Dave Peterson

(Doctor Peterson) A former software engineer with degrees in math, I found my experience as a Math Doctor starting in 1998 so stimulating that in 2004 I took a new job teaching math at a community college in order to help the same sorts of people face to face. I have three adult children, and live near Rochester, N.Y. I am the author and instigator of anything on the site that is not attributed to someone else.

A Fermi Problem

(An archive problem of the week) A couple weeks ago, in discussing the value of estimates, I included one example of a (very simple) Fermi problem: one in which it is necessary to invent the data as well as the method of solution. Today, I will examine one answer in which we dug deeper into …

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Evaluating Square Roots by Hand

Square roots commonly are irrational numbers, so that it is necessary to estimate them. Usually today, we use a calculator to find them. Many students, however, are curious about how they could do it without a calculator. Here I want to reverse the usual format of this blog, presenting a summary I have written that …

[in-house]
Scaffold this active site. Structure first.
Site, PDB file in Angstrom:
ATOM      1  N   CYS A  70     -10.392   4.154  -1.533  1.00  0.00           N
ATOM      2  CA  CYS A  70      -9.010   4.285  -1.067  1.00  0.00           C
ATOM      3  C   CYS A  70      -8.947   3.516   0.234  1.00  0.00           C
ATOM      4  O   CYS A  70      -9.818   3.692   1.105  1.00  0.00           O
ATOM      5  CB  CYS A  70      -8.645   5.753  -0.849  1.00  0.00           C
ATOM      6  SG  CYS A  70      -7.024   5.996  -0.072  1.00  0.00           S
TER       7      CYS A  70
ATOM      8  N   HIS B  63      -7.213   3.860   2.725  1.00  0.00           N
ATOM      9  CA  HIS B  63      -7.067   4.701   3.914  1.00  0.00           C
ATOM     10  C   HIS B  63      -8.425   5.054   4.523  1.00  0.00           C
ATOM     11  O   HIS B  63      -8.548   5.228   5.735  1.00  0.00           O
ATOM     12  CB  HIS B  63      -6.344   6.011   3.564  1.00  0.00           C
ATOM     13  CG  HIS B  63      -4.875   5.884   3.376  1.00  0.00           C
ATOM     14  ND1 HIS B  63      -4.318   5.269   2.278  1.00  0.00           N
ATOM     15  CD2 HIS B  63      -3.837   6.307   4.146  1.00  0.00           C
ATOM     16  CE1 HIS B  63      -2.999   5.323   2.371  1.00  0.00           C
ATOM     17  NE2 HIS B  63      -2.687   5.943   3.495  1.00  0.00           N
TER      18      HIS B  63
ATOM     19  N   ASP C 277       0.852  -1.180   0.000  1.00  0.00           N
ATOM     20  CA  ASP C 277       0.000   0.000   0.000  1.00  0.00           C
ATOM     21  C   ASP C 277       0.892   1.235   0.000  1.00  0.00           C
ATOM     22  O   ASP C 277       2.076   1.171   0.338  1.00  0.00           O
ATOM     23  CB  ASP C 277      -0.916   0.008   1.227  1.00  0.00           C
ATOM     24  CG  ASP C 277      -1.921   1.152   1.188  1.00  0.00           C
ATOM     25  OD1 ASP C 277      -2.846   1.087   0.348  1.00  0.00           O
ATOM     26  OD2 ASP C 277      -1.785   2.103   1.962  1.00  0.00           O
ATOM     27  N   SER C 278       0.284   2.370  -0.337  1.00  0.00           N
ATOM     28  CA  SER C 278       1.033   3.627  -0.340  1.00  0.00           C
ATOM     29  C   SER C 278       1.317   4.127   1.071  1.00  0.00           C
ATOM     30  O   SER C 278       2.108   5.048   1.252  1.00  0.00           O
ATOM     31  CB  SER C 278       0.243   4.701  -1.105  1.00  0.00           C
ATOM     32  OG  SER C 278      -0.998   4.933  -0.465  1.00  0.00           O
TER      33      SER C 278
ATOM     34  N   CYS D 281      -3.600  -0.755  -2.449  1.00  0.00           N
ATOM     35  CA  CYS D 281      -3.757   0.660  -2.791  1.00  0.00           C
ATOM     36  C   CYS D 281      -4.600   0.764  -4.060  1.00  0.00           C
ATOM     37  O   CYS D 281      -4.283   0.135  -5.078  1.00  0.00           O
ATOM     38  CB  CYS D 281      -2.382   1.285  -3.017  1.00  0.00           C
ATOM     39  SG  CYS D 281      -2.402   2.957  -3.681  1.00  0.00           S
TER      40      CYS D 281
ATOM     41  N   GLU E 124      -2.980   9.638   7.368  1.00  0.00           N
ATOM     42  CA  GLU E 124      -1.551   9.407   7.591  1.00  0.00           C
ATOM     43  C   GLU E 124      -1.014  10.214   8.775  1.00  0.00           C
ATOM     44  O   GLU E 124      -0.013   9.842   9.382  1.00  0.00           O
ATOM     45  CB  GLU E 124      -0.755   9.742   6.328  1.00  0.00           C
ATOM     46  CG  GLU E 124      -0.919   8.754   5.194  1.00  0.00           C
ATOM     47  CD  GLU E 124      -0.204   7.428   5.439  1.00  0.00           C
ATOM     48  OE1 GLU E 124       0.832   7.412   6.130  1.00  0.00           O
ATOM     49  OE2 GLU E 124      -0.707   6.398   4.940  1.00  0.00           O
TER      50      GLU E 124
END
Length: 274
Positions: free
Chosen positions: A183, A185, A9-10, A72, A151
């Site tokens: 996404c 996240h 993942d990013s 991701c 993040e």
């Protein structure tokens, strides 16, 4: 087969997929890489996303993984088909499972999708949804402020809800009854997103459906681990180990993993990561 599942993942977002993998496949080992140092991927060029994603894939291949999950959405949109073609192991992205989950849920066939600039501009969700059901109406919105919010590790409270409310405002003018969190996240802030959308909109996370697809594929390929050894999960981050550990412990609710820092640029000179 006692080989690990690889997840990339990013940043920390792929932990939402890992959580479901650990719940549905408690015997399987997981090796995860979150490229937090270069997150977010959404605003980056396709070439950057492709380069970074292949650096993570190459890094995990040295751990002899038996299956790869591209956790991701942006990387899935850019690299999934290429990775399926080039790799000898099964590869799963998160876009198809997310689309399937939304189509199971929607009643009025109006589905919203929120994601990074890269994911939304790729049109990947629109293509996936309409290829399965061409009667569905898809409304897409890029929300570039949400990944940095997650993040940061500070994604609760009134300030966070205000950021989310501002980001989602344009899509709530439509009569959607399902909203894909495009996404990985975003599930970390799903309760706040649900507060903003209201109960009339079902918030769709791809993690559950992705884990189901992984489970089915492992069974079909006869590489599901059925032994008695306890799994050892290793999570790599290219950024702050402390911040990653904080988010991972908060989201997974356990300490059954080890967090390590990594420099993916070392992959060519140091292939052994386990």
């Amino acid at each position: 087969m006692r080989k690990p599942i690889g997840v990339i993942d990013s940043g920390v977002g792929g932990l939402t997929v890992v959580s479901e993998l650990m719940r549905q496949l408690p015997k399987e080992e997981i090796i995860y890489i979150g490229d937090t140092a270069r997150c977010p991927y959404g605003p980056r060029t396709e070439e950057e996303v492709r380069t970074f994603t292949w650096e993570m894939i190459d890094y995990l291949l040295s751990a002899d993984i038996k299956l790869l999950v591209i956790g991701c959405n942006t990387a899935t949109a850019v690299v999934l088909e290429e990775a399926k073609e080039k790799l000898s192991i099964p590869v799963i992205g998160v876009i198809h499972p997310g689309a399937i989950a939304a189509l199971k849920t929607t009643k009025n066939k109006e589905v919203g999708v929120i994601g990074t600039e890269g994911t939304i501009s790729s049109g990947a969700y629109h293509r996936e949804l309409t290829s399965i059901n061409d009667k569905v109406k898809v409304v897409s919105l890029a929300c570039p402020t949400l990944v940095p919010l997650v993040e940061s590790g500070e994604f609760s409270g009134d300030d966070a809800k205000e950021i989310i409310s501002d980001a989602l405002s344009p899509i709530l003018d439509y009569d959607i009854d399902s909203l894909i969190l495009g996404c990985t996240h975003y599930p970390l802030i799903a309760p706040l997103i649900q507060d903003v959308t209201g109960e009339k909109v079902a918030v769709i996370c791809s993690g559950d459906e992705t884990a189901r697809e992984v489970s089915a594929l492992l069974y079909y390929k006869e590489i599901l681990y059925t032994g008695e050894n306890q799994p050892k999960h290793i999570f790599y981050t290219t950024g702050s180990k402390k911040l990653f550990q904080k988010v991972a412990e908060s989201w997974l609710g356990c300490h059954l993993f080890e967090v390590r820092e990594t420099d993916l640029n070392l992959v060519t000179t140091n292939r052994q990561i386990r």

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Numerical Approximation Methods: When Algebra Doesn’t Work

The problems students see in class are usually only those that can be solved by the methods they have been taught. Too many students conclude that algebra can solve anything! But the reality is that if you just wrote an equation at random, it probably could not be solved algebraically. When students ask us about …

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